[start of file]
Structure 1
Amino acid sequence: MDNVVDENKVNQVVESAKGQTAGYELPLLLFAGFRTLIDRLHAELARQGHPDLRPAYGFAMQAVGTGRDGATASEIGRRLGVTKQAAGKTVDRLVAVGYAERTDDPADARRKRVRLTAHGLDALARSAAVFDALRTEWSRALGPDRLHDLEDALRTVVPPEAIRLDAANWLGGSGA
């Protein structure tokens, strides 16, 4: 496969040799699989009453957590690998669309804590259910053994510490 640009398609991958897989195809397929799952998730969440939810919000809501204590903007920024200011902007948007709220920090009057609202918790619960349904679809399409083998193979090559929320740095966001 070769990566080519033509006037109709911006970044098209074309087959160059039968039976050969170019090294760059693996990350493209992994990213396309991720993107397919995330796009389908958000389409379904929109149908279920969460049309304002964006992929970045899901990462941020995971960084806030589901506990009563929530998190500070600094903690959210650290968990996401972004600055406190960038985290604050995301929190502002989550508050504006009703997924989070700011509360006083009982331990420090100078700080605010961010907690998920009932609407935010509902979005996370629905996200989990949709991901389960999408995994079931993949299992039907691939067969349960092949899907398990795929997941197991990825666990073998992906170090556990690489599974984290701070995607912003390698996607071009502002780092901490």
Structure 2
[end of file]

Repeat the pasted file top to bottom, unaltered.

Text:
Structure 1
Amino acid sequence: MDNVVDENKVNQVVESAKGQTAGYELPLLLFAGFRTLIDRLHAELARQGHPDLRPAYGFAMQAVGTGRDGATASEIGRRLGVTKQAAGKTVDRLVAVGYAERTDDPADARRKRVRLTAHGLDALARSAAVFDALRTEWSRALGPDRLHDLEDALRTVVPPEAIRLDAANWLGGSGA
């Protein structure tokens, strides 16, 4: 496969040799699989009453957590690998669309804590259910053994510490 640009398609991958897989195809397929799952998730969440939810919000809501204590903007920024200011902007948007709220920090009057609202918790619960349904679809399409083998193979090559929320740095966001 070769990566080519033509006037109709911006970044098209074309087959160059039968039976050969170019090294760059693996990350493209992994990213396309991720993107397919995330796009389908958000389409379904929109149908279920969460049309304002964006992929970045899901990462941020995971960084806030589901506990009563929530998190500070600094903690959210650290968990996401972004600055406190960038985290604050995301929190502002989550508050504006009703997924989070700011509360006083009982331990420090100078700080605010961010907690998920009932609407935010509902979005996370629905996200989990949709991901389960999408995994079931993949299992039907691939067969349960092949899907398990795929997941197991990825666990073998992906170090556990690489599974984290701070995607912003390698996607071009502002780092901490």
Structure 2